SUMMARY OF THE INVENTION

The present invention has been accomplished with the background mentioned. It is therefore an object of the invention to provide a resonant circuit and a voltage-controlled oscillator employing such a resonant circuit, wherein the quantity of deterioration caused at the deterioration point of the aforementioned Q can be suppressed, and the inclination of the variable capacitance curve is relatively flattened to thereby improve the characteristics of the voltage-controlled oscillator as well as to reduce the load on the control voltage generator.

According to one aspect of the present invention, there is provided a resonant circuit comprising an induction element and a MOS variable capacitance element connected in parallel with the inductance element. In this circuit, the MOS variable capacitance element is subdivided into a plurality of elements which are connected in parallel with each other, and a plurality of bias terminals are formed for applying staircase different-step DC bias voltages to gates of MOS transistors constituting the divided MOS variable capacitance elements, wherein the plural MOS variable capacitance elements have a common terminal to which a common control voltage is applied.

Thus, the MOS variable capacitance element is subdivided into a plurality of elements, and staircase different-step DC bias voltages are applied respectively to the gates of the MOS transistors constituting the plural subdivided MOS variable capacitance elements, so that the capacitance variation characteristics due to the individual subdivided MOS transistors are offset to the control voltage. As a result, any sharp variation of the capacitance to the control voltage can be alleviated to consequently widen the variable voltage range. Further, the equivalent parallel resistance variation characteristics of the MOS variable capacitance elements composed of the individual subdivided MOS transistors can be offset to the control voltage, thereby enlarging the minimum value of the equivalent parallel resistance to eventually improve the Q.

Each of the subdivided MOS variable capacitance elements consists of a pair of MOS transistors whose drains and sources are connected in common, and the common control voltage is applied to the drain-source junction. Differing from the related art described in the Cited patent reference 1, the control voltage is applied directly to the drain-source common junction without being passed through any voltage division means, so that the DC input impedance of the resonant circuit is rendered substantially infinite as viewed from the control voltage generator, thereby preventing a flow of the direct current to consequently eliminate the known problem that a heavy load is imposed on the control voltage generator as observed in the conventional art.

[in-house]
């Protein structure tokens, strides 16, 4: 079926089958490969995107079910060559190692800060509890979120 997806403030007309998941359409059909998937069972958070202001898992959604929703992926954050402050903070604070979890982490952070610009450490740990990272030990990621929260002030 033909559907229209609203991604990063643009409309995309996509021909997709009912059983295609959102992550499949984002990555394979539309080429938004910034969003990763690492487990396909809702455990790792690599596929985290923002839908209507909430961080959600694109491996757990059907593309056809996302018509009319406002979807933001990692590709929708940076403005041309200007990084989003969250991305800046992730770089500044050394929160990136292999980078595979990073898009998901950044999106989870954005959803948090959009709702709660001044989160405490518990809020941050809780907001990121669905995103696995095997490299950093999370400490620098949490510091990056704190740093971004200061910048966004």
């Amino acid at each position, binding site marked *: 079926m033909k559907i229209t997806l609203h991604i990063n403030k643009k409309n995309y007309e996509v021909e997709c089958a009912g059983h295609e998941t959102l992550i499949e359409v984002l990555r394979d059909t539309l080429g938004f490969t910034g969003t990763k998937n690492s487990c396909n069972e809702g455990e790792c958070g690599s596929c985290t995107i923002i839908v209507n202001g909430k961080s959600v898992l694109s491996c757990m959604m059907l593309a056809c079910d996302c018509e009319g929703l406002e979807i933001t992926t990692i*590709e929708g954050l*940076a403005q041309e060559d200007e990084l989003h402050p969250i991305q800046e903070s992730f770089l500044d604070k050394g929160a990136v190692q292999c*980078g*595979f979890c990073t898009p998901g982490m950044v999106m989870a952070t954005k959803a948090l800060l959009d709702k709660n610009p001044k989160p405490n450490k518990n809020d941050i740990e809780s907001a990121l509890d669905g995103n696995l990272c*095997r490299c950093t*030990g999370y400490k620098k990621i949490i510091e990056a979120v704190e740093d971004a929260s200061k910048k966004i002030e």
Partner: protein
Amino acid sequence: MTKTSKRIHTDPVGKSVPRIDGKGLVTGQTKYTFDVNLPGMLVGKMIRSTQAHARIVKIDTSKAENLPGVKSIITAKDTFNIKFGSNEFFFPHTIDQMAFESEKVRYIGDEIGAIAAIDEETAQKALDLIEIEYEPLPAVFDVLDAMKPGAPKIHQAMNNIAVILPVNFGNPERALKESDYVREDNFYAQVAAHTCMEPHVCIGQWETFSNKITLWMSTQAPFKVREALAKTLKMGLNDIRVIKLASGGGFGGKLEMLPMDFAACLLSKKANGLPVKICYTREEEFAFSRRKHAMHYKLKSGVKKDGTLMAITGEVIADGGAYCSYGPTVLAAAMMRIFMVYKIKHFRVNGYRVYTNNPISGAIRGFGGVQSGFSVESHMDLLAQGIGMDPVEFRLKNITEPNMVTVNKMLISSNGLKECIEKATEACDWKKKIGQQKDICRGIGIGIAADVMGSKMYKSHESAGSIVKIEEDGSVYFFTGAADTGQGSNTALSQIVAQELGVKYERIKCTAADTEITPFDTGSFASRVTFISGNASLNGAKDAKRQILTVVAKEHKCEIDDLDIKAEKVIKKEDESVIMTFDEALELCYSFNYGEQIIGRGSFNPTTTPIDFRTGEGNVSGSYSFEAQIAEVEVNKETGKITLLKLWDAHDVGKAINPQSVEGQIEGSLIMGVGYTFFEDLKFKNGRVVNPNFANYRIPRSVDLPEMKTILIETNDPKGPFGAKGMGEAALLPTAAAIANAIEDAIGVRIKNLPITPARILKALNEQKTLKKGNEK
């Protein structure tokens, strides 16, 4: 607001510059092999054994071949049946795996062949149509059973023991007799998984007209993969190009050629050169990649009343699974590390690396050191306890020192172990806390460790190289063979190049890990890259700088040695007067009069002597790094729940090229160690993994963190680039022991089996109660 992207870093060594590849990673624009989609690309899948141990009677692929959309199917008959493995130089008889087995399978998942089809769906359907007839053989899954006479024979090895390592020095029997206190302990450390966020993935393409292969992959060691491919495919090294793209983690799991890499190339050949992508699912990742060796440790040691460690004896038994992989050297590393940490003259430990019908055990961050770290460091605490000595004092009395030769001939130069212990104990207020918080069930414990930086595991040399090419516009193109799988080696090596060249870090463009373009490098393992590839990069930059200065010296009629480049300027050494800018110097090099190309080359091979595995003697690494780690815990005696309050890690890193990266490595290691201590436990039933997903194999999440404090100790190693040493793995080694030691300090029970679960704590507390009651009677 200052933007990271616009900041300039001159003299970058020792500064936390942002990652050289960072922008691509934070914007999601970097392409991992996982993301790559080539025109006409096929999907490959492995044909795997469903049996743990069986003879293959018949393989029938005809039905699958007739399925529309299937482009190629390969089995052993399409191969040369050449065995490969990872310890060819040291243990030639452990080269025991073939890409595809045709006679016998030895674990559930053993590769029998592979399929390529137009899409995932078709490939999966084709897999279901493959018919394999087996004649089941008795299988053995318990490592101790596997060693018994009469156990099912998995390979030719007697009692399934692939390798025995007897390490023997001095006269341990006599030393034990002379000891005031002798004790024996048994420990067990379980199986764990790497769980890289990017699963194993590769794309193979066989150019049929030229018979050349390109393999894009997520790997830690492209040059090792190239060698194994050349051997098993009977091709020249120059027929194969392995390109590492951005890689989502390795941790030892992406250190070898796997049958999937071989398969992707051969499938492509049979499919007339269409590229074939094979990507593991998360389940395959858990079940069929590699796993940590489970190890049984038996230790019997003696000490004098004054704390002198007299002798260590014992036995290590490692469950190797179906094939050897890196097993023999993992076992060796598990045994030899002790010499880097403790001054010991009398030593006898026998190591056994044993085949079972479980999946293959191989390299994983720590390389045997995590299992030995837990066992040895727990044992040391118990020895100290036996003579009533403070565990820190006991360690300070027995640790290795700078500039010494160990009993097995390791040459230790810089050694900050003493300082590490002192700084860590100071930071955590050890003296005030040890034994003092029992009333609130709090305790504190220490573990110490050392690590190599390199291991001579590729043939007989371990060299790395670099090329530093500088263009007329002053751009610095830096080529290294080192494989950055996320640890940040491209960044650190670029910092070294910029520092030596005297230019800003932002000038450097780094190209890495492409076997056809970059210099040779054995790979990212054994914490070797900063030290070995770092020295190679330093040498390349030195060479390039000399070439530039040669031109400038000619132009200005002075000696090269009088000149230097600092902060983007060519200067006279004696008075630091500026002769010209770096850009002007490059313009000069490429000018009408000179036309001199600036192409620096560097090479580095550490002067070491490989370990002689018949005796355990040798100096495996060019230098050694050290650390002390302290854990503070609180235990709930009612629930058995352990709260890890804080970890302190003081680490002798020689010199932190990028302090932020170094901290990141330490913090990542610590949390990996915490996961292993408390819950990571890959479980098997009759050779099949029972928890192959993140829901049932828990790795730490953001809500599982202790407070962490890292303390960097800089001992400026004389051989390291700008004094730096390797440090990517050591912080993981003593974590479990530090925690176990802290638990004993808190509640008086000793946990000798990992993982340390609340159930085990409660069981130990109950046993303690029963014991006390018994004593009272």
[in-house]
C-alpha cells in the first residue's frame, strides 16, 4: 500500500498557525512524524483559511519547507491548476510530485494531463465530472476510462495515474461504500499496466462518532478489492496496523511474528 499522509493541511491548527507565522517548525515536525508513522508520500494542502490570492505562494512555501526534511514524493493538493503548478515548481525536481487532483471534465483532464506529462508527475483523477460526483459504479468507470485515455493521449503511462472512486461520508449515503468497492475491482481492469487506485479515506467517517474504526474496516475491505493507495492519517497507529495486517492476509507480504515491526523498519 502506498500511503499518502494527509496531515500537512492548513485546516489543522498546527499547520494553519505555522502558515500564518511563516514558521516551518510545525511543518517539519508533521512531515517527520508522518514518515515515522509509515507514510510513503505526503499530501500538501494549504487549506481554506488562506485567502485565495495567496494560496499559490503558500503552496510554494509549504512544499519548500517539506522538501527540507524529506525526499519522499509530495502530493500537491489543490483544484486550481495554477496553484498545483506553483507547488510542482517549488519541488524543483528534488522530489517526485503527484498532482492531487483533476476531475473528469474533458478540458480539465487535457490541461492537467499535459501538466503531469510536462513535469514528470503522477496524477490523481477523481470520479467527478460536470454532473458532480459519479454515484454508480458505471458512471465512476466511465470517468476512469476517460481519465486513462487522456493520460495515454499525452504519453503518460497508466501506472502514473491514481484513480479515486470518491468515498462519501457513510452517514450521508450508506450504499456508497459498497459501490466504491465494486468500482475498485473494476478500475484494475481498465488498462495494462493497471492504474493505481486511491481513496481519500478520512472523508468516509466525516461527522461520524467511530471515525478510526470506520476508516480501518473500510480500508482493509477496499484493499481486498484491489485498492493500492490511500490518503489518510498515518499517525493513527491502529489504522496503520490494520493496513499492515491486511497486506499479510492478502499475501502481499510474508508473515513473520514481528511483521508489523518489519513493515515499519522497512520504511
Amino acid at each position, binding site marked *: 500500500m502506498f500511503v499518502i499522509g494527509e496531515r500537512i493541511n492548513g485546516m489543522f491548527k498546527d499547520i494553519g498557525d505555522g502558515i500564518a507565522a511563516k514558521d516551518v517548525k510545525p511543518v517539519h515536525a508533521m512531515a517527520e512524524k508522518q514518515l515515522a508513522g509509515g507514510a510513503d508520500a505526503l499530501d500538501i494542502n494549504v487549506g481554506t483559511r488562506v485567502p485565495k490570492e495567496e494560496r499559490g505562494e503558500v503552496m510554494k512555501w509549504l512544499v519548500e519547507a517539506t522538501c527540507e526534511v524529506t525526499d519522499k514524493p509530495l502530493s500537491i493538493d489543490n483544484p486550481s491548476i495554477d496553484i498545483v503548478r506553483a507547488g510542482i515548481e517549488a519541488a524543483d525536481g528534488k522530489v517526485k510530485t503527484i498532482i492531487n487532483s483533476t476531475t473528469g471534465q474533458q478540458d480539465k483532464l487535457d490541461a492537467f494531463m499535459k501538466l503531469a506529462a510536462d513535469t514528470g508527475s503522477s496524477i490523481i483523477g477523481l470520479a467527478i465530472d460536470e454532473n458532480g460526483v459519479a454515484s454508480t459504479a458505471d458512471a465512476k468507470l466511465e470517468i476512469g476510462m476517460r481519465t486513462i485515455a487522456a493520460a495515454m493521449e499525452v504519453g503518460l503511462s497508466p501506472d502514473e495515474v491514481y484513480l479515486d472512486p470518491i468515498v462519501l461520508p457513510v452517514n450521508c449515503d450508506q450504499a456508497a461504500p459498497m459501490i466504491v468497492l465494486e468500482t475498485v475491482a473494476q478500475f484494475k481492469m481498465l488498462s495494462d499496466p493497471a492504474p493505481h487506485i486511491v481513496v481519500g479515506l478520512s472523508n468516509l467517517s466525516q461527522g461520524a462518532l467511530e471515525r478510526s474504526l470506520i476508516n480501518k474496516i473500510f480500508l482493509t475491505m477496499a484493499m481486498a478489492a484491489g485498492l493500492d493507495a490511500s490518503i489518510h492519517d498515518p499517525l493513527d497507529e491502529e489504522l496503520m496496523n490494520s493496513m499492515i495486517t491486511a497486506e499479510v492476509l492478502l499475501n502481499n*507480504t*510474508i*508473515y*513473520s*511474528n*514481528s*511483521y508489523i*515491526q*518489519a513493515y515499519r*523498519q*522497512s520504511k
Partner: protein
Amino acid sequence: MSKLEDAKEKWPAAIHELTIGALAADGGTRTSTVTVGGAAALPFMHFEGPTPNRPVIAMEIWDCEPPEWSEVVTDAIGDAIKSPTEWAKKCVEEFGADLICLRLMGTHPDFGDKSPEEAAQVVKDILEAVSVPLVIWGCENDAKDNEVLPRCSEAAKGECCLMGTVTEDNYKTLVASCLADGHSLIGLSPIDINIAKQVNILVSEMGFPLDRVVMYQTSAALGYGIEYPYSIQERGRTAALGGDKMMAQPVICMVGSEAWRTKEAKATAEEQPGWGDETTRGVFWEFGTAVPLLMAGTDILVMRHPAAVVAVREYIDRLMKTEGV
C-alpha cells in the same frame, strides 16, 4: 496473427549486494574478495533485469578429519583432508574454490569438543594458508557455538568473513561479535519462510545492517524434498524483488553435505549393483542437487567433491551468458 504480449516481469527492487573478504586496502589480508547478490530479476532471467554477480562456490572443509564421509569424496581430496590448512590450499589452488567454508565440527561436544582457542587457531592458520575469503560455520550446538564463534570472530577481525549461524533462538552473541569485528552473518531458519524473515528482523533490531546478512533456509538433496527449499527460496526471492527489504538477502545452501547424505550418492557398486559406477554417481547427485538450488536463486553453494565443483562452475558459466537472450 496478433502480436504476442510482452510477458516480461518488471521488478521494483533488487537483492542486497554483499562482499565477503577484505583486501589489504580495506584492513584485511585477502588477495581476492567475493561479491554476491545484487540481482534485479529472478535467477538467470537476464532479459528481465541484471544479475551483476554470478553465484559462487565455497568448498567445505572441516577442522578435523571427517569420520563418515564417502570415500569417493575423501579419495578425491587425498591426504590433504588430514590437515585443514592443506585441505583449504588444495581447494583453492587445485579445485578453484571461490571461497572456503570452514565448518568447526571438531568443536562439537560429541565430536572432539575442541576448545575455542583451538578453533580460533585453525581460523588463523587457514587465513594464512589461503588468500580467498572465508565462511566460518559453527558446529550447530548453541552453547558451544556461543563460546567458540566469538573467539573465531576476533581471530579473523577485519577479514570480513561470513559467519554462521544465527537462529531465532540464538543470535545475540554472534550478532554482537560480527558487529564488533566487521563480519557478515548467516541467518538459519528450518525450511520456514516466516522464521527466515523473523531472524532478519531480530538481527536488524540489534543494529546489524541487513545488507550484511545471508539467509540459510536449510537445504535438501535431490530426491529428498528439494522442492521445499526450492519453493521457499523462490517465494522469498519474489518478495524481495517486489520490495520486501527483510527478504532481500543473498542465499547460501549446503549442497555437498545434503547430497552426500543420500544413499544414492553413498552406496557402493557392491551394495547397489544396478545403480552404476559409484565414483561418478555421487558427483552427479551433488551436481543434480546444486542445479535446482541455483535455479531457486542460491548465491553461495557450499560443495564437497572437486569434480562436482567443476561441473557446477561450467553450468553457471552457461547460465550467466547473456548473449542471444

And according to another aspect of the present invention, there is provided a voltage-controlled oscillator which comprises a resonant circuit having an inductance element and a MOS variable capacitance element connected in parallel therewith, and a negative resistance circuit of a differential structure connected to the resonant circuit, wherein the MOS variable capacitance element consists of a plurality of subdivided MOS variable capacitance elements connected in parallel mutually and having a common terminal to which a common control voltage is applied, and a bias voltage generator means is included for generating staircase different-step DC bias voltages to be applied respectively to the gates of the MOS transistors constituting the plural subdivided MOS variable capacitance elements.

In this voltage-controlled oscillator, the negative resistance circuit of a differential structure is connected to the resonant circuit, and the means for generating staircase different-step DC bias voltages is included to apply the generated bias voltages to the respective gates of the MOS transistors that constitute the plural subdivided MOS variable capacitance elements. Thus, as described, the resonant circuit is capable of alleviating any sharp variation of the capacitance to the control voltage, hence widening the variable voltage range. Further, the minimum value of the equivalent parallel resistance can be increased to consequently improve the Q.

A fixed capacitance needs to be inserted between the junction of each of the divided MOS variable capacitance elements and the negative resistance circuit and the gate of each of the divided MOS variable capacitance elements, whereby each of the subdivided MOS variable capacitance elements is separated from the DC voltage applied to the negative resistance circuit.

The negative resistance circuit has a pair of MOS transistors for example, wherein the drain of one MOS transistor is connected to the gate of the other MOS transistor, and the drains of both MOS transistors are connected to the differential output end of the resonant circuit. Meanwhile, a second negative resistance circuit may also be connected between a power supply and the resonant circuit, hence further enhancing the conditions of oscillation.